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Narwar is a town and a nagar panchayat in Shivpuri district in the Indian state of Madhya Pradesh. Narwar is a historic town and the Narwar Fort is just east of the Kali Sindh River and is situated at a distance of 42 km from Shivpuri. Narwar was known as Narwar District during the times of Gwalior State. It is mentioned as Nalpura (Nala's town) in many medieval Sanskrit inscriptions. The Narwar Fort is surrounded by the Kali Sindh River. There are three dams, Harsi Dam ,Mohini Sagar and Atal Sagar. Presently the Fort is being renovated by the Archaeological Survey of India.
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The town was known as Nalapura (named after Raja Nala) until the 12th century. At one time it was the capital of Raja Nala of Naisadha, whose love for Damayanti has been mentioned in detail in Mahabharata. There is a myth that when Raja Nala left Damayanti asleep in the forests of Narwar she moved through dense forests and reached Chanderi protecting herself from wild animals. The route through forests from Narwar to Chanderi is short.[clarification needed] A medieval fortress there was occupied by the Narwarias of the Chambal valley,and Lodhi cast of Lodi Mata Temple in Narwar word Lodhi cast and Narwarias god Dhunaa ram lodhi was great and narwarias god descendants of Nala, who were also the founder and rulers of Gwalior, until it was captured by Parihara Rajputs in the 12th century.
Man Singh, raja of Narwar, and his household encountered Tatya Tope who had escaped alone into the jungles of Paron after being defeated by the British in January 1859 and he decided to stay with them. Man Singh was in dispute with the maharaja of Gwalior and the British were successful in negotiating with him to surrender to them in return for his life and protection of his family from any reprisals by the maharaja. After this Tope was alone. The British forces had failed to subdue him for over a year. Tope was betrayed into the hands of the British by his trusted friend, Singh, while asleep in his camp in the Paron forest. He was captured on 7 April 1859 by a detachment of native infantry from British General Richard John Meade's troops led to him by Singh and escorted to Shivpuri where he was tried by a military court.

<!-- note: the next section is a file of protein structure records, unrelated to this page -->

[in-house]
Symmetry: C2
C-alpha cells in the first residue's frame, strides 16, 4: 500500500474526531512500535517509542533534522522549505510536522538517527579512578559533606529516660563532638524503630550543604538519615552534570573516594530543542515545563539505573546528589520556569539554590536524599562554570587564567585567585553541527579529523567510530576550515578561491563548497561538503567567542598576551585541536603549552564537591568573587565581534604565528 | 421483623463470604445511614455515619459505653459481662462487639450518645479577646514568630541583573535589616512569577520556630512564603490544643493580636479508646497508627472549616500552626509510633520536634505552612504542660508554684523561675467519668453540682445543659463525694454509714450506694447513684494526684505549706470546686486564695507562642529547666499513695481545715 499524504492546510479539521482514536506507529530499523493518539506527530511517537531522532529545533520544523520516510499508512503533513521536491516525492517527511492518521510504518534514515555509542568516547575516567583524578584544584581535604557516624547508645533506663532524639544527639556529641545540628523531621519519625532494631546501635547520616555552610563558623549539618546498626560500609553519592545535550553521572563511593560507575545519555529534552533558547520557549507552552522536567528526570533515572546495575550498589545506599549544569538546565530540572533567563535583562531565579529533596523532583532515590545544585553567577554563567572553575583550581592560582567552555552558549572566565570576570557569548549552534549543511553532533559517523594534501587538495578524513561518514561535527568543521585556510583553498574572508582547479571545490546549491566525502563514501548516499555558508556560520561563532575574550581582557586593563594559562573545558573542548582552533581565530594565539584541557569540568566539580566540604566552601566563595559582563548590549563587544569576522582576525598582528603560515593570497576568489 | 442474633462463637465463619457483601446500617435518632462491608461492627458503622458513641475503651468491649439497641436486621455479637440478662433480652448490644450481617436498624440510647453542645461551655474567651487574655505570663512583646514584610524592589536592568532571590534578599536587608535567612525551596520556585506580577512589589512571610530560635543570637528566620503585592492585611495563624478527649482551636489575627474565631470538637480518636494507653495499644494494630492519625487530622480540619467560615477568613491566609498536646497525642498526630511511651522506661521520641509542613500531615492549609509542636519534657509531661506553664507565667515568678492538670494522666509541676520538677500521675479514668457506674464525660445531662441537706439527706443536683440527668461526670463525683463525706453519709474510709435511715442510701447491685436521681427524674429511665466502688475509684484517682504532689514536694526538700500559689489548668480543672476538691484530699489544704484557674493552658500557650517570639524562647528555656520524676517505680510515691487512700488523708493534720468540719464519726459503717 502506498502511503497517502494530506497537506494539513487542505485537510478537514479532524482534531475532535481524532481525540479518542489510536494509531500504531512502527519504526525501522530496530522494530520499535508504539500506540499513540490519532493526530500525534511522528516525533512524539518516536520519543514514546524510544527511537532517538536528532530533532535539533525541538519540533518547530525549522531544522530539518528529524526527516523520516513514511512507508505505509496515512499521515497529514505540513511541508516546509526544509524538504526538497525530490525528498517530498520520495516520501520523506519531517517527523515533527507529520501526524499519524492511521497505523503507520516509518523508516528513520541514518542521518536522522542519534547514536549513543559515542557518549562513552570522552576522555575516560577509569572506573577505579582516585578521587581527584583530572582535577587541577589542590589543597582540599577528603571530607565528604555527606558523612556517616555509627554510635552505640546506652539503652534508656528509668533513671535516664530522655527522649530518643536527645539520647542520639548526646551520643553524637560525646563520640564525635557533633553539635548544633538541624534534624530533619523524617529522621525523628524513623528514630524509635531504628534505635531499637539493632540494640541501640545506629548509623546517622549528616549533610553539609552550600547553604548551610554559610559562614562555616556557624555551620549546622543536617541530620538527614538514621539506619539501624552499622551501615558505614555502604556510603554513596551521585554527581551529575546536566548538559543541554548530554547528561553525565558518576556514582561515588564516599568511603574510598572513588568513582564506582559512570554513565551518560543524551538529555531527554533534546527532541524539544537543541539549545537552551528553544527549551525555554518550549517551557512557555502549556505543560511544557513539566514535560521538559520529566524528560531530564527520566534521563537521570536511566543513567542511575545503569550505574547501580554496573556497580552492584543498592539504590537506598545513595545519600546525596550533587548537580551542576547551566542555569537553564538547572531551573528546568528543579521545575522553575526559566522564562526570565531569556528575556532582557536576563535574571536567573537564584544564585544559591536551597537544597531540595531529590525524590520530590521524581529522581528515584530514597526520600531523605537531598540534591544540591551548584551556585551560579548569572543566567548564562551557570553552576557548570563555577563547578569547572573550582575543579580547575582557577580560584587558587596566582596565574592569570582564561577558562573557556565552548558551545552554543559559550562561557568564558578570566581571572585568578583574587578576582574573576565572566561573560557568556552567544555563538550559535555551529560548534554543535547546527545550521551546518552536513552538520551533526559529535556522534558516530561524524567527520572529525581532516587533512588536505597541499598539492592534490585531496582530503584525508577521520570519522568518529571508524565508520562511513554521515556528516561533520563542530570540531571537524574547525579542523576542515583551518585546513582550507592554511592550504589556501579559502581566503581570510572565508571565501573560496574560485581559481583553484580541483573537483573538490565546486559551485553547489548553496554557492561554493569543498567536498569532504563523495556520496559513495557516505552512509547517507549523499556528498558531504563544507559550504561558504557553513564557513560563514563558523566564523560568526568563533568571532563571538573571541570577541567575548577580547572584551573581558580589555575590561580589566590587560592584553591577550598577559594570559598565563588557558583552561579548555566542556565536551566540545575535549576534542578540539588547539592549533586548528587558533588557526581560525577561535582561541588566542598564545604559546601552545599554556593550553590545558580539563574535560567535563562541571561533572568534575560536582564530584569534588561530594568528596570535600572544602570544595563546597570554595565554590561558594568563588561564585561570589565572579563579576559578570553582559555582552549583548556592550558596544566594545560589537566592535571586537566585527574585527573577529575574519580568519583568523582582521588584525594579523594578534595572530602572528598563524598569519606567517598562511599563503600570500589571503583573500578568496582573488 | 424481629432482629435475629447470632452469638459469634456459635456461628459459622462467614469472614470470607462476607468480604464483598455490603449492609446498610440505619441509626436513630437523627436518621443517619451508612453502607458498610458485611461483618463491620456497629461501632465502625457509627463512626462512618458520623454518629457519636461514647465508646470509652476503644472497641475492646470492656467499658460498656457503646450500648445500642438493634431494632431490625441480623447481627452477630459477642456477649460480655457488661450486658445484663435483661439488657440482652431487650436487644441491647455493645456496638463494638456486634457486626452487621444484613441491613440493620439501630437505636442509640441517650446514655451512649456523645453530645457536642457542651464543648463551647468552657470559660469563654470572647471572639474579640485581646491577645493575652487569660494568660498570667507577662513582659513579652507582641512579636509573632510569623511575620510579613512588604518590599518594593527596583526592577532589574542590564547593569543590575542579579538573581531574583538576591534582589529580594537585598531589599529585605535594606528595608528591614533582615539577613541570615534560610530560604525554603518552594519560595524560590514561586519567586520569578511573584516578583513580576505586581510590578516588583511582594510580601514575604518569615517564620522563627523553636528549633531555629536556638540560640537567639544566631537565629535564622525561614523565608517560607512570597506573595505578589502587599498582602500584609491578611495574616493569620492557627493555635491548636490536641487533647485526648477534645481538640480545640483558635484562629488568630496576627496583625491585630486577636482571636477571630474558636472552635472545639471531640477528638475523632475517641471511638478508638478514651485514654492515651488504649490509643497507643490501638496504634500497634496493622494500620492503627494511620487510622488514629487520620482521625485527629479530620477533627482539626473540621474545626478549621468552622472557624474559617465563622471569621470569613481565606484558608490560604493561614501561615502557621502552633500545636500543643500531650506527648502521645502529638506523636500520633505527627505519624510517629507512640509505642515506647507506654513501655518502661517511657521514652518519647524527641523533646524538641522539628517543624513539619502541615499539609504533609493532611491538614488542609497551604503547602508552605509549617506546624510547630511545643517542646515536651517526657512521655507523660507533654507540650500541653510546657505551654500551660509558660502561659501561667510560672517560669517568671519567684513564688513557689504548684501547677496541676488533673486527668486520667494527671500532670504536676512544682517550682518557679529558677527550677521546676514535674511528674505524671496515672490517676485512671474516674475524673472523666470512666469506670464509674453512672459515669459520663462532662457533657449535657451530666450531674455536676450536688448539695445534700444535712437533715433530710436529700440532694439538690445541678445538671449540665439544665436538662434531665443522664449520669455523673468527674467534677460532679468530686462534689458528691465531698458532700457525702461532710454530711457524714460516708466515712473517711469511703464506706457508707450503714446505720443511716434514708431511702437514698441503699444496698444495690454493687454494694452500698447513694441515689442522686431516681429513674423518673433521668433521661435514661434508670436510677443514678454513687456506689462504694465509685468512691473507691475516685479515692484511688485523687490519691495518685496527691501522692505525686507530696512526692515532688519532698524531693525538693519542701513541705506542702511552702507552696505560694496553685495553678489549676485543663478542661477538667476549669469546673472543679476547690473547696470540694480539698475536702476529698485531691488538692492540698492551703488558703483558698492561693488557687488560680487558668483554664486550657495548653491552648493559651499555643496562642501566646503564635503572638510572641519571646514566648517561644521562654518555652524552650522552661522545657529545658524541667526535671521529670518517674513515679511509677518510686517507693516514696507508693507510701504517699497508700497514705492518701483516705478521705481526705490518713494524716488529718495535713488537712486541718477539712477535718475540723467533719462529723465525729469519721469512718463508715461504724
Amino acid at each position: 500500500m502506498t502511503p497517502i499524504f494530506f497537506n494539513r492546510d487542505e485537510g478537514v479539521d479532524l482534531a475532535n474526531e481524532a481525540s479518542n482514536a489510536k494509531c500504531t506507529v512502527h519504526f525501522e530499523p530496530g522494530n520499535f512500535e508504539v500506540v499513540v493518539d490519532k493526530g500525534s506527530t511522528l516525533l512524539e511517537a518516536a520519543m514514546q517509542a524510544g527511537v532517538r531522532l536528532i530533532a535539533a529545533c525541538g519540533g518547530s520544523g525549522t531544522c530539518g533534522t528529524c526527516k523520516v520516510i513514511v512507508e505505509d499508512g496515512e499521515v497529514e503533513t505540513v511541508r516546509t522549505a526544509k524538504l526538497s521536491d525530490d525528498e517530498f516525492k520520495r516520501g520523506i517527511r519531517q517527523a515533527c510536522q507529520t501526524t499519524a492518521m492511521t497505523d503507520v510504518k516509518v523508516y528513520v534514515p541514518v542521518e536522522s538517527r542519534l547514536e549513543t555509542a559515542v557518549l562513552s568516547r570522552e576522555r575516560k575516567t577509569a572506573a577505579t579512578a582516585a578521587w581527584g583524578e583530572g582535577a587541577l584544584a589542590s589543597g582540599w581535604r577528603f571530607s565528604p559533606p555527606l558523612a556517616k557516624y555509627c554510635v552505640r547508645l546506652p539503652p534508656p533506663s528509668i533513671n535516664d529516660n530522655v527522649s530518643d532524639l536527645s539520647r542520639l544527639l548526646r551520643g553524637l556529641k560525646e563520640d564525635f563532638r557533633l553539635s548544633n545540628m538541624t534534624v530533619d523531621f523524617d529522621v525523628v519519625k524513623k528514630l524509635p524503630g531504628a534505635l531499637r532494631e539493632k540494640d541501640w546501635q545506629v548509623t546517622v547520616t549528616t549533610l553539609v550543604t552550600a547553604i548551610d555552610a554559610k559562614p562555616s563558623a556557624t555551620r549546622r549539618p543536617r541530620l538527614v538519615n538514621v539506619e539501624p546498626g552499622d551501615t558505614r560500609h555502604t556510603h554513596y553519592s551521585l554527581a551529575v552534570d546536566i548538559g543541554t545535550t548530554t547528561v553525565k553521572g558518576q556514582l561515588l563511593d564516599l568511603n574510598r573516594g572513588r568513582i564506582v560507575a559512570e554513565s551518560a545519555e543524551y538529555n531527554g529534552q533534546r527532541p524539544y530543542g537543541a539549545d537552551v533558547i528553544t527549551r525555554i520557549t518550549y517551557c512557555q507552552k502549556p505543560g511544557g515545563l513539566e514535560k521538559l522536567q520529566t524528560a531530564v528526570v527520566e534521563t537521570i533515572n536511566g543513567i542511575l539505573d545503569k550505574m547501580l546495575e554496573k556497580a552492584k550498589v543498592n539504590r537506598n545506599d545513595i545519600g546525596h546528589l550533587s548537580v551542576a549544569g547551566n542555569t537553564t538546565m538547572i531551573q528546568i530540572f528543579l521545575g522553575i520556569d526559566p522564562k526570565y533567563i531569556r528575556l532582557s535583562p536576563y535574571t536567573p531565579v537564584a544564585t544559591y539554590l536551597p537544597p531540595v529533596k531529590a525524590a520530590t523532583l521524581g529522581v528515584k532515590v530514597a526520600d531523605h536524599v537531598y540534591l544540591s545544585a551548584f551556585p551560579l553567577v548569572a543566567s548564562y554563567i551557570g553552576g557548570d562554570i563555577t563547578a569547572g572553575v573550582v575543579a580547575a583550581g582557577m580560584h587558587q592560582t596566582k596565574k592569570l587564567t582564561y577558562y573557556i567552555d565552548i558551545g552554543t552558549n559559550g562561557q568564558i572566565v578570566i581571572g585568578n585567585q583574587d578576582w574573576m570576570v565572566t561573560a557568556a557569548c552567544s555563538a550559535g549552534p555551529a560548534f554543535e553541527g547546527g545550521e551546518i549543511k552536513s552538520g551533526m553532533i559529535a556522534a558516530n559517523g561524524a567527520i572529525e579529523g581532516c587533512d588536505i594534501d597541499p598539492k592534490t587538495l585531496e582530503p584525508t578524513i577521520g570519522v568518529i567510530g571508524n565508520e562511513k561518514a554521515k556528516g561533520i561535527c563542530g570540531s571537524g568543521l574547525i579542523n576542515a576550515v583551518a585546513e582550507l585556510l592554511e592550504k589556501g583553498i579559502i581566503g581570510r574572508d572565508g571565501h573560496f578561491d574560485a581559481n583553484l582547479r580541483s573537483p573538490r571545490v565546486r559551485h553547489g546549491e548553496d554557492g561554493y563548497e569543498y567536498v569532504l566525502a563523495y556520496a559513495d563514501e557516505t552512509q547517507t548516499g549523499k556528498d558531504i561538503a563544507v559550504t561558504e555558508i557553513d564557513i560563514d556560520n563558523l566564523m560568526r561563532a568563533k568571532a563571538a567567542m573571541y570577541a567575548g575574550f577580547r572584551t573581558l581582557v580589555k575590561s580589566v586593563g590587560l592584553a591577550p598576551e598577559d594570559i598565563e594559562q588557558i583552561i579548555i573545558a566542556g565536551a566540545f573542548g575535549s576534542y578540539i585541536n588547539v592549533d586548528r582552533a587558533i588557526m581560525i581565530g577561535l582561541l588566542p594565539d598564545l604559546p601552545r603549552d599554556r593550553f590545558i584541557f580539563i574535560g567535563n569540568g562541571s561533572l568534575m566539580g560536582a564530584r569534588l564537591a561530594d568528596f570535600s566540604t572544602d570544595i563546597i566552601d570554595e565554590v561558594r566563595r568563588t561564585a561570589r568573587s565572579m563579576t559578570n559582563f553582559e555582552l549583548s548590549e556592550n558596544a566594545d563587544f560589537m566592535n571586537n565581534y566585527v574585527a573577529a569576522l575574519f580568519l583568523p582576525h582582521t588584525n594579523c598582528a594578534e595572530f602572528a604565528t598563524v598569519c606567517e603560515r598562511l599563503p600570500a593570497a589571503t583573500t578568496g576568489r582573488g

Another name is also known for today's Narwar, Hoshiyar Singh Solanki. After independence When Madhya Pradesh csme into existence, he was deputed Secretary of local governing body. He planned the map of modern Narwar and executed thoroughly. He remained on the same function till 1984. He is also known as the Founder of Modern Narwar.
Narwar Fort is situated atop a hill about 500 feet above ground level spread over an area of 8 km², which stands on a steep scarp of the Vindhya Range It is now in a dilapidated condition, but the remains suggest that, in the flourishing days, it might have been only second to the Gwalior Fort in magnificence. The interior of the fort is divided by cross walls into four 'ahata' and 'dholaahata'. The architecture of the fort and palaces is basically Rajput in style with flat ceiling, fluted columns and multifold arches. The inner walls of the palaces have been decorated with bright paint and glass beads. Near the fort are the Jai Stambha, Sati monument, Ladu bungalow, Chhip Mahal, Makardwaj Tal, Kacheri mahal, Sikandar Lodi's Mosque, and Jail Kambha. Traditionally said to have been the capital of Raja Nala of the Sanskrit epic Mahabharata, the town was called Nalapura until the 12th century. From the twelfth century onwards, Narwar was held successively by Kachwaha, Parihar, and Tomar Rajputs (warrior caste) until its capture by the Mughals in the 16th century. It fell to the Maratha chief Scindia in the early 19th century. Outside the walled town are memorial pillars of the Tomar chiefs. –
Narwar is located at.It has an average elevation of 452 metres (1482 feet).
As of 2001[update] India census, Narwar had a population of 15,748. Males constitute 53% of the population and females 47%. Narwar has an average literacy rate of 58%, lower than the national average of 59.5%: male literacy is 69%, and female literacy is 45%. In Narwar, 18% of the population is under 6 years of age.
- Edwardes, Michael (1975) Red Year. London: Sphere Books; pp. 129-35
- "Census of India 2001: Data from the 2001 Census, including cities, villages and towns (Provisional)". Census Commission of India. Archived from the original on 2004-06-16. Retrieved 2008-11-01.